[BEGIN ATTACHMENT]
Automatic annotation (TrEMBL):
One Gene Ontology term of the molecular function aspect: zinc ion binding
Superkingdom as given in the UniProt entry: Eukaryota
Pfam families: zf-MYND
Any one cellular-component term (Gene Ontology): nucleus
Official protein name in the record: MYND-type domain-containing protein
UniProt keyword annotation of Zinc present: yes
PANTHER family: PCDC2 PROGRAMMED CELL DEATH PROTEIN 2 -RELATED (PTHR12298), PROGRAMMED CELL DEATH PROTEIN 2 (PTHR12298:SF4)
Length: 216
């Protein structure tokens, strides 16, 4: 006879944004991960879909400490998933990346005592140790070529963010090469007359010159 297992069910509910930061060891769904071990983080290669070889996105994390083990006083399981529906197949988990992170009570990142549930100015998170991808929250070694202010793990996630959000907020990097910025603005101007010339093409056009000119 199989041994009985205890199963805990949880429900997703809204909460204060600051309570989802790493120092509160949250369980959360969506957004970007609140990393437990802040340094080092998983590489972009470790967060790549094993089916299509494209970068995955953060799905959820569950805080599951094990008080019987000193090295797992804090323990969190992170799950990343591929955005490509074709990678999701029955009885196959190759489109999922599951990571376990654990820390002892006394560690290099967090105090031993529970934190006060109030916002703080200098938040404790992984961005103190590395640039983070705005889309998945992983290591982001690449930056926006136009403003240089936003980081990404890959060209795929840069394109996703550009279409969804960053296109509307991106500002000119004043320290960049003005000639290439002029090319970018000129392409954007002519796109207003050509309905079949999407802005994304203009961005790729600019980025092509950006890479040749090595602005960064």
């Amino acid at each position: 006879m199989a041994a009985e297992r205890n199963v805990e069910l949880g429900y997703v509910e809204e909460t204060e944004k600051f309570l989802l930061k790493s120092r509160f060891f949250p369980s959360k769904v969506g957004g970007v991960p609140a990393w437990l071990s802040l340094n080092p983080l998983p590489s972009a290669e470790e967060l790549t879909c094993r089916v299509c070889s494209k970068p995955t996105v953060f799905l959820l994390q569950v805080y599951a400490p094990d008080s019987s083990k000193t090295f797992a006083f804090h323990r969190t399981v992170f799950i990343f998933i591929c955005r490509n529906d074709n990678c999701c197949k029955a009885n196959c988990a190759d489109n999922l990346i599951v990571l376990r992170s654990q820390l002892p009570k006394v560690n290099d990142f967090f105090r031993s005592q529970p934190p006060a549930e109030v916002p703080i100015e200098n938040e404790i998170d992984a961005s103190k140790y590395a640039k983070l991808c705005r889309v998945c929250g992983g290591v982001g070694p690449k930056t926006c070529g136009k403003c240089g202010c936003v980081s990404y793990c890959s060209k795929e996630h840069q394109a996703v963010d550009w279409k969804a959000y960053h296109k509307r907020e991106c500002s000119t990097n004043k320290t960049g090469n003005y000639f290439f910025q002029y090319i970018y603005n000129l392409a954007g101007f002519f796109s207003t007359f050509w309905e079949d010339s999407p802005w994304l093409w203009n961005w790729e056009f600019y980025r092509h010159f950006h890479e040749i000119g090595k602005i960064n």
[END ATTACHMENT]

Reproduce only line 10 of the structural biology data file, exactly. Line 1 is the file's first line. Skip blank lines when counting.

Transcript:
């Protein structure tokens, strides 16, 4: 006879944004991960879909400490998933990346005592140790070529963010090469007359010159 297992069910509910930061060891769904071990983080290669070889996105994390083990006083399981529906197949988990992170009570990142549930100015998170991808929250070694202010793990996630959000907020990097910025603005101007010339093409056009000119 199989041994009985205890199963805990949880429900997703809204909460204060600051309570989802790493120092509160949250369980959360969506957004970007609140990393437990802040340094080092998983590489972009470790967060790549094993089916299509494209970068995955953060799905959820569950805080599951094990008080019987000193090295797992804090323990969190992170799950990343591929955005490509074709990678999701029955009885196959190759489109999922599951990571376990654990820390002892006394560690290099967090105090031993529970934190006060109030916002703080200098938040404790992984961005103190590395640039983070705005889309998945992983290591982001690449930056926006136009403003240089936003980081990404890959060209795929840069394109996703550009279409969804960053296109509307991106500002000119004043320290960049003005000639290439002029090319970018000129392409954007002519796109207003050509309905079949999407802005994304203009961005790729600019980025092509950006890479040749090595602005960064």